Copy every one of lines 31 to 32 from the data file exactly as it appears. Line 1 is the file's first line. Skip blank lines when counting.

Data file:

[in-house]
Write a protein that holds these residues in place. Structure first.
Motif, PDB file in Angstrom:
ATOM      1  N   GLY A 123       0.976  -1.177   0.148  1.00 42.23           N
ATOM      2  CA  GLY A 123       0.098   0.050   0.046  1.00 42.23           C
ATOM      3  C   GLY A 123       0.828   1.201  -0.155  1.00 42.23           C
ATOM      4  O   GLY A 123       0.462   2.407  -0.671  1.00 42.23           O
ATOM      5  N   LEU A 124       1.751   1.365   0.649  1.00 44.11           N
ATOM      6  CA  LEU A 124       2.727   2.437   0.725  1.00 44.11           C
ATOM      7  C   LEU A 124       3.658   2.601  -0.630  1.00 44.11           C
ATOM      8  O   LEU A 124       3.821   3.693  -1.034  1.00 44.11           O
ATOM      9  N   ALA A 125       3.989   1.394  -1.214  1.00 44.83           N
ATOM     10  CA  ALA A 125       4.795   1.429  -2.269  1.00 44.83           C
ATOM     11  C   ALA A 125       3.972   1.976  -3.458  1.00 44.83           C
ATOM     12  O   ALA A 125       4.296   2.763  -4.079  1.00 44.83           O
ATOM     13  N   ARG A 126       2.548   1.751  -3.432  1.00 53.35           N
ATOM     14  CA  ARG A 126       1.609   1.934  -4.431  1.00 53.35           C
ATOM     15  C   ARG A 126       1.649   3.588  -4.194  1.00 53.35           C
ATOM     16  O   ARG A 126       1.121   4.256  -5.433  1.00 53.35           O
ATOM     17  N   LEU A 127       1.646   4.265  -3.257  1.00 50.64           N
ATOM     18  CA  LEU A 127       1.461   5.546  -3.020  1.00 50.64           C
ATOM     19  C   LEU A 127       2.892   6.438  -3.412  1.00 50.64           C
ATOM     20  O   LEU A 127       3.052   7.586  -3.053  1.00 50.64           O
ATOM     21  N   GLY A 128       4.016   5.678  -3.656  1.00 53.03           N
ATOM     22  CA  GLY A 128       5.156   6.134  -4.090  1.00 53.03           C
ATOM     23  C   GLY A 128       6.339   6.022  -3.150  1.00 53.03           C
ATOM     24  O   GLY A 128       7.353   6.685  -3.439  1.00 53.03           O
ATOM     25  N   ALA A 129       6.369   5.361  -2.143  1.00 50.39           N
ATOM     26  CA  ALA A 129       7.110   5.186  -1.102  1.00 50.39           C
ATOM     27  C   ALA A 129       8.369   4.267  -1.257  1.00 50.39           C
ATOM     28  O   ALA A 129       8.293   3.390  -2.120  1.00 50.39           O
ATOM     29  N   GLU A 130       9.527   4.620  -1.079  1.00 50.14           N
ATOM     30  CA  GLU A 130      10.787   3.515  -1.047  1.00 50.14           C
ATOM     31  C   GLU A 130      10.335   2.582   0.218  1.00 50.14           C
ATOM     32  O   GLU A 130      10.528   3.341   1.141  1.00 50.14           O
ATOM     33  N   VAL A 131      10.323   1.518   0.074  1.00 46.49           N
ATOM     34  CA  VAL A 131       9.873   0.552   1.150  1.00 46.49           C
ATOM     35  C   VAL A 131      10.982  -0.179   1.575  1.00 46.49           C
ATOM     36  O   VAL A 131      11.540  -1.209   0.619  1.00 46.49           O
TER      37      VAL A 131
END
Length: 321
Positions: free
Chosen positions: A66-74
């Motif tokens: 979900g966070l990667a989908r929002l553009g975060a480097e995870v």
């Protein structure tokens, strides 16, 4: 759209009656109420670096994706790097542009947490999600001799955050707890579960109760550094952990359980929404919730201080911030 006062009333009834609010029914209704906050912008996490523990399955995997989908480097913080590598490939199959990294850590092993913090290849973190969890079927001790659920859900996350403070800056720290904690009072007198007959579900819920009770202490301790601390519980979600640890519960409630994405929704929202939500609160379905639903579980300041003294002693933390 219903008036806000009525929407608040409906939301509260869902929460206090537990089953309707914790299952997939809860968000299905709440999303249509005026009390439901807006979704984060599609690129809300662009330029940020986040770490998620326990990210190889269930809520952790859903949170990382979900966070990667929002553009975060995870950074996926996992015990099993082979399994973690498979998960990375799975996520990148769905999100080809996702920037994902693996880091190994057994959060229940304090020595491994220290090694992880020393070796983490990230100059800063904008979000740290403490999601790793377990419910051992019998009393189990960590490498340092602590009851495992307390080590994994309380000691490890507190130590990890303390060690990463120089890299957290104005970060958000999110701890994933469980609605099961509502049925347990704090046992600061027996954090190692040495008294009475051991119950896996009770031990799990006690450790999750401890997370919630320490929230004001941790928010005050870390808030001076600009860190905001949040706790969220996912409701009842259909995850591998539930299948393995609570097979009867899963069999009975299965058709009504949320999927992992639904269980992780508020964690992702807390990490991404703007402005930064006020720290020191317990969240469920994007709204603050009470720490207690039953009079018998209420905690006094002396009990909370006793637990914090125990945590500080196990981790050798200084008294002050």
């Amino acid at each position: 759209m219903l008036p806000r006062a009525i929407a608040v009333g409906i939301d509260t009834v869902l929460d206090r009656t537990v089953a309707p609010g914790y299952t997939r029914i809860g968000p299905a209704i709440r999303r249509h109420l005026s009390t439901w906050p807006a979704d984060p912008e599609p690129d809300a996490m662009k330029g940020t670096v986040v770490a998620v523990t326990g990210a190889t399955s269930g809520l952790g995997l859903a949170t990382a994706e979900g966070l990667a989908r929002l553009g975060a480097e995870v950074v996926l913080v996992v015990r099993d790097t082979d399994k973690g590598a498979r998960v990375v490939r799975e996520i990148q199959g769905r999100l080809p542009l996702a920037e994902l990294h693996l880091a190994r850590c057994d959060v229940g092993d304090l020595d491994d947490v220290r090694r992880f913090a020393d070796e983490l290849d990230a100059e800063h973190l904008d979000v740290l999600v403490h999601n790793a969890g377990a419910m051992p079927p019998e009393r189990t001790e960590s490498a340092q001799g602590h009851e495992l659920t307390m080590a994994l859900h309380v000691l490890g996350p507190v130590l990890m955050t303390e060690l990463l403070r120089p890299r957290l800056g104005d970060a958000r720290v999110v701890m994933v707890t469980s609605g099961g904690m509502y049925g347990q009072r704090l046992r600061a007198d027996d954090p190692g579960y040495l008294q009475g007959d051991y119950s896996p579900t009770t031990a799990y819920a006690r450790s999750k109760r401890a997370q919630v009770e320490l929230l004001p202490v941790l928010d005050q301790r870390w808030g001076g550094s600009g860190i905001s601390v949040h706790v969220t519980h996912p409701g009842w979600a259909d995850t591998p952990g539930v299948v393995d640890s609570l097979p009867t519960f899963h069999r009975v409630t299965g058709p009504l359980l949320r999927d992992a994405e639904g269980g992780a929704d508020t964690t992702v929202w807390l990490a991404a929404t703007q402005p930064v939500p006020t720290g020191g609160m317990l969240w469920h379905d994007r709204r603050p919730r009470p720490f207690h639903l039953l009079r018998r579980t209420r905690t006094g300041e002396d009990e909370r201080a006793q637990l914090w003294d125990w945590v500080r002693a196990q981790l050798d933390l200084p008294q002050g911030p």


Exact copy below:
ATOM     28  O   ALA A 129       8.293   3.390  -2.120  1.00 50.39           O
ATOM     29  N   GLU A 130       9.527   4.620  -1.079  1.00 50.14           N